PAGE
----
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Re: Selective Assignment - first each

From: David Tran
Subject: Re: Selective Assignment - first each
Date: Fri, 27 Dec 2019 19:39:22 -0500

Thank you Jürgen.


On Fri, Dec 27, 2019 at 2:11 PM Dr. Jürgen Sauermann <mail@jürgen-sauermann.de> wrote:
Hi again,

I have done a rework of the EACH operator so that your example
(and similar ones) should work now. SVN 1213.

However, please keep the following in mind: Since
selective specification is not a standard feature (and
quite complicated compared to other functions, there is
still a high probability that some cases were not caught
properly. Your example, for instance, survived for almost
a decade before you discovered it.

For that reason I would recommend that everybody who is
writing business critical applications in GNU APL should
use not-so-standard features only if the benefit that they
provide is significant and make sure that the code is being
tested thoroughly.

Best Regards,

On 12/27/19 12:22 PM, Dr. Jürgen Sauermann wrote:
Hi David,

your example touches a somewhat dubious area. Its name is
Selective assignment (basically using functions left of ←where
the functions compute what is being assigned),

Selective assignment is defined in APL2 but not in the APL2 ISO
standard (APL2 is named extended APL there).

And even in APL2 there are restrictions (as the IBM APL2 language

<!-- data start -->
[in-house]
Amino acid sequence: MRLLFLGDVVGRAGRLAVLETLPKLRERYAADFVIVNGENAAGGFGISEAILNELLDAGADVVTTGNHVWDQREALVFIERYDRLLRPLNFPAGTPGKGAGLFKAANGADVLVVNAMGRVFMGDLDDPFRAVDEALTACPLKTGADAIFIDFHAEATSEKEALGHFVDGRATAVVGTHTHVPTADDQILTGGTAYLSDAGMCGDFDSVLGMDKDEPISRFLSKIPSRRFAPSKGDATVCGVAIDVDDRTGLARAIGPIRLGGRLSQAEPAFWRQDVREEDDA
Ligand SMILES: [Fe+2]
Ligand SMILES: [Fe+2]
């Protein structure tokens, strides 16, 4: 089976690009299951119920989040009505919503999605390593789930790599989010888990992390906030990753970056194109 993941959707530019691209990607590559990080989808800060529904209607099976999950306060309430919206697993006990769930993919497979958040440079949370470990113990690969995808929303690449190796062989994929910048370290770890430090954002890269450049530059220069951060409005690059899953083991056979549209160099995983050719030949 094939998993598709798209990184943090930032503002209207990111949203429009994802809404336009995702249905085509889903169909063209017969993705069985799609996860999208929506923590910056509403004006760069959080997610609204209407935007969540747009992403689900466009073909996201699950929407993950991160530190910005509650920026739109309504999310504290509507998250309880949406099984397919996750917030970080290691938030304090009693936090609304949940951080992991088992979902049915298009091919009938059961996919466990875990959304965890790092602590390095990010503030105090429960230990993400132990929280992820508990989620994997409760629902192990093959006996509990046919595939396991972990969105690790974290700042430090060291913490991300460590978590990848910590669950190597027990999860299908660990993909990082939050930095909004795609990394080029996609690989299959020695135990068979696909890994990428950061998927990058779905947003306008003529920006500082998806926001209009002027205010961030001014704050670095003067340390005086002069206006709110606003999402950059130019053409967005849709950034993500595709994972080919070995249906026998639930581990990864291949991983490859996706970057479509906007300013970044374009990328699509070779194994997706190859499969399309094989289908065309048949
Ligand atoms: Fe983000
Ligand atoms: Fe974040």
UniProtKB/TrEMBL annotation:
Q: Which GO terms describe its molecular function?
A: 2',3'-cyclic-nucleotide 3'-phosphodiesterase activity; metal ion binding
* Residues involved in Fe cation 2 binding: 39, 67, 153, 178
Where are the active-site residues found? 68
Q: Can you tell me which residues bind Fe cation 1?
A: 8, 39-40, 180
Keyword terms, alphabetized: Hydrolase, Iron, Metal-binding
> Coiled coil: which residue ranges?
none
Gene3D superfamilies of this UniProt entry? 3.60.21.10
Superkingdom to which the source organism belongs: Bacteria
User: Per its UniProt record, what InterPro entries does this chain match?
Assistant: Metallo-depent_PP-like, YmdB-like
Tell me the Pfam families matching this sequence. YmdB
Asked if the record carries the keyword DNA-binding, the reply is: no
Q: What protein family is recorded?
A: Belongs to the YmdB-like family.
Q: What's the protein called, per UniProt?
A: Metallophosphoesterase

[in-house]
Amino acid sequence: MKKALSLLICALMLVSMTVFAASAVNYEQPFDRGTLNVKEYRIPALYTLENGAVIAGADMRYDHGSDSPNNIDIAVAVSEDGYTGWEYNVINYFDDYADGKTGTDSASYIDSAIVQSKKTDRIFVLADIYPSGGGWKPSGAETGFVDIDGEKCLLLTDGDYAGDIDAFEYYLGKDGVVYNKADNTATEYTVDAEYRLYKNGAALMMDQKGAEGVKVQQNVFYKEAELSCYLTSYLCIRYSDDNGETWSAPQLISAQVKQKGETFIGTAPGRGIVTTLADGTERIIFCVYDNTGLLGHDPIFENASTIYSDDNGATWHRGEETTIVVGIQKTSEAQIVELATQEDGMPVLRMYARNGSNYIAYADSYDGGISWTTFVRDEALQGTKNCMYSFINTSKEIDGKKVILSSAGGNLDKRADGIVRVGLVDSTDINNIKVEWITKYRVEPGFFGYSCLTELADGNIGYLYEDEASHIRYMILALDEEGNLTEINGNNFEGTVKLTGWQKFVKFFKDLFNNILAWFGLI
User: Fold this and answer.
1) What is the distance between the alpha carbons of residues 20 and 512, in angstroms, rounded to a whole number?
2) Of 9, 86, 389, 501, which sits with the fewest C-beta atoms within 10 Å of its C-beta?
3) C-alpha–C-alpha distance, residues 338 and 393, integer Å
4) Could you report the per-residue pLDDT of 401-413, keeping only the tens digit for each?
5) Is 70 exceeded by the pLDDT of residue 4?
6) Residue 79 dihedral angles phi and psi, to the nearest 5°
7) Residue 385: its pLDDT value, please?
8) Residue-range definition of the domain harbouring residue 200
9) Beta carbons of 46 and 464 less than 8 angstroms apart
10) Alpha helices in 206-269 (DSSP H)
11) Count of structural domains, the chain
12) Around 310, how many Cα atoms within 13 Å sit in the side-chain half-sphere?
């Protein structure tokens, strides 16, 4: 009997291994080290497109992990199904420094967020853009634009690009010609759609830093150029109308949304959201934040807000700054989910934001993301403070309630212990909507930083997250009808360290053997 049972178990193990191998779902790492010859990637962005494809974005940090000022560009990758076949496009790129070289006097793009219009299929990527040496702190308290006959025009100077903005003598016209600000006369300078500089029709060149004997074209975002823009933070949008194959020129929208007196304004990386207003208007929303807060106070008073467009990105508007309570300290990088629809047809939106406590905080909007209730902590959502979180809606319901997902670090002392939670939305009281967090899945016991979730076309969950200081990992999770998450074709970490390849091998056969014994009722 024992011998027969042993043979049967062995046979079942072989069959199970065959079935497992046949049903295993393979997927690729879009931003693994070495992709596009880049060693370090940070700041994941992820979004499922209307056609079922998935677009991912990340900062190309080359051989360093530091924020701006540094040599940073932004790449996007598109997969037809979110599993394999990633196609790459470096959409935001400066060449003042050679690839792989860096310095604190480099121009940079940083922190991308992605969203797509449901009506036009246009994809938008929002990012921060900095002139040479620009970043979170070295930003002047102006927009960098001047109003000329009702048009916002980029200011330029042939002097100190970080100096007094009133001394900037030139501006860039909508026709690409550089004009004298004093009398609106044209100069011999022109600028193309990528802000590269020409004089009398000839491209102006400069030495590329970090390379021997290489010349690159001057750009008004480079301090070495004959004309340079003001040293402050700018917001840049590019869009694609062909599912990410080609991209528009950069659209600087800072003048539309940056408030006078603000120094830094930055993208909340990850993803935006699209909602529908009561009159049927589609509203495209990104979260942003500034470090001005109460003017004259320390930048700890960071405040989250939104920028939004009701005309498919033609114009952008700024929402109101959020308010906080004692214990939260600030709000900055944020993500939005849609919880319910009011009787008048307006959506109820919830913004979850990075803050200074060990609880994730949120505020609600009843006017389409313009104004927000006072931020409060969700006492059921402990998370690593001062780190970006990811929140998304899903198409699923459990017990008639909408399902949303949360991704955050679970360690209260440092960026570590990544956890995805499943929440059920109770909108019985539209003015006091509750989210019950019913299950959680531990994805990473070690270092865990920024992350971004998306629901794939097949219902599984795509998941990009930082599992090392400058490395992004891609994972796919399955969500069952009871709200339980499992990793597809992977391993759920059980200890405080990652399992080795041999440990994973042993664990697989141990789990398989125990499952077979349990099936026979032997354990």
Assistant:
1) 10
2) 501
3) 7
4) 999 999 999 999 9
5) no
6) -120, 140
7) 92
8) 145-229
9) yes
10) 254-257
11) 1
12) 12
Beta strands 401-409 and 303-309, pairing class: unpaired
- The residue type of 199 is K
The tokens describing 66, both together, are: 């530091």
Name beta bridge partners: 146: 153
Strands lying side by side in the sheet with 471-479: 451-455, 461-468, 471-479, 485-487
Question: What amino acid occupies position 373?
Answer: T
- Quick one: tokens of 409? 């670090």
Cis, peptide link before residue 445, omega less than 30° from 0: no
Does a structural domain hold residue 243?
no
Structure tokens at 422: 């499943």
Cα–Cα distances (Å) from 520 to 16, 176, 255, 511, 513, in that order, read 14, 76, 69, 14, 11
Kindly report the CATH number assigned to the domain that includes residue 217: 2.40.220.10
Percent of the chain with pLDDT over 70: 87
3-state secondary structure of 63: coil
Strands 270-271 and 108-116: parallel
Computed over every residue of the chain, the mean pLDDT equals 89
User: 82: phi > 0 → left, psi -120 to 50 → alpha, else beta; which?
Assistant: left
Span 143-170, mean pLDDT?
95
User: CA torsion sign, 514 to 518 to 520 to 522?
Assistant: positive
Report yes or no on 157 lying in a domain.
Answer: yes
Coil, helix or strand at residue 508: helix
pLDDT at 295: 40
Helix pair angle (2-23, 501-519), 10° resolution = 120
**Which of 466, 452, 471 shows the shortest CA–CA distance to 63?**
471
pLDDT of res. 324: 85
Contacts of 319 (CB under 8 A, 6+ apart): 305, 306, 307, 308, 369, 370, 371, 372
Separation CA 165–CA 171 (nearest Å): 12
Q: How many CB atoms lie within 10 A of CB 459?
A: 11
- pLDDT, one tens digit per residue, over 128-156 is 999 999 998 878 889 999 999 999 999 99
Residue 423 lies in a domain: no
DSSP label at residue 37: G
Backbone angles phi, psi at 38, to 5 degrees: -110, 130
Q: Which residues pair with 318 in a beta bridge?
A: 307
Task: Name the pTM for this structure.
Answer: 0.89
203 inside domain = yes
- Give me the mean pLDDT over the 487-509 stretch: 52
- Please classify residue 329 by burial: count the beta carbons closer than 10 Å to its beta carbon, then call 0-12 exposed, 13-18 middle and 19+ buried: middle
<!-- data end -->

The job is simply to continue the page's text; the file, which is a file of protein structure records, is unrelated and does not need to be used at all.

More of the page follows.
reference says: "The information in this section is based on the APL2 language
Deviations exist on some platforms and are documented in the
separate user's

GNU APL supports most, but not all, selective specifications that APL2 does.
The only not supported case that I am aware of is monadic and dyadic
EACH (¨). The reason is that in GNU APL EACH is a macro (a defined function
that is only used internally). The syntax error probably comes because in APL2
selective specification is only allowed for certain primitive functions left of ← but
not for defined functions.

I will look into this to see if it is feasible to fix it. The primary reason why macros
were introduced in GNU APL was primitive operators with defined functions.
Here we only have a primitive operator with primitive functions, which makes
things a lot simpler.

Best regards,

On 12/27/19 5:37 AM, David Tran wrote:

Currently study APL2, and found an example that won't work on Gnu APL:

v ← 12(13(14 15))(16 17)
(↑¨v) ← 2 3 6

On the book, above statement will change v into 2 (3 (14 15)) (6 17);  however Gnu APL returns Syntax Error.

Is such "first each assignment" not APL2 standard specification, or it is just Gnu APL is not support yet?


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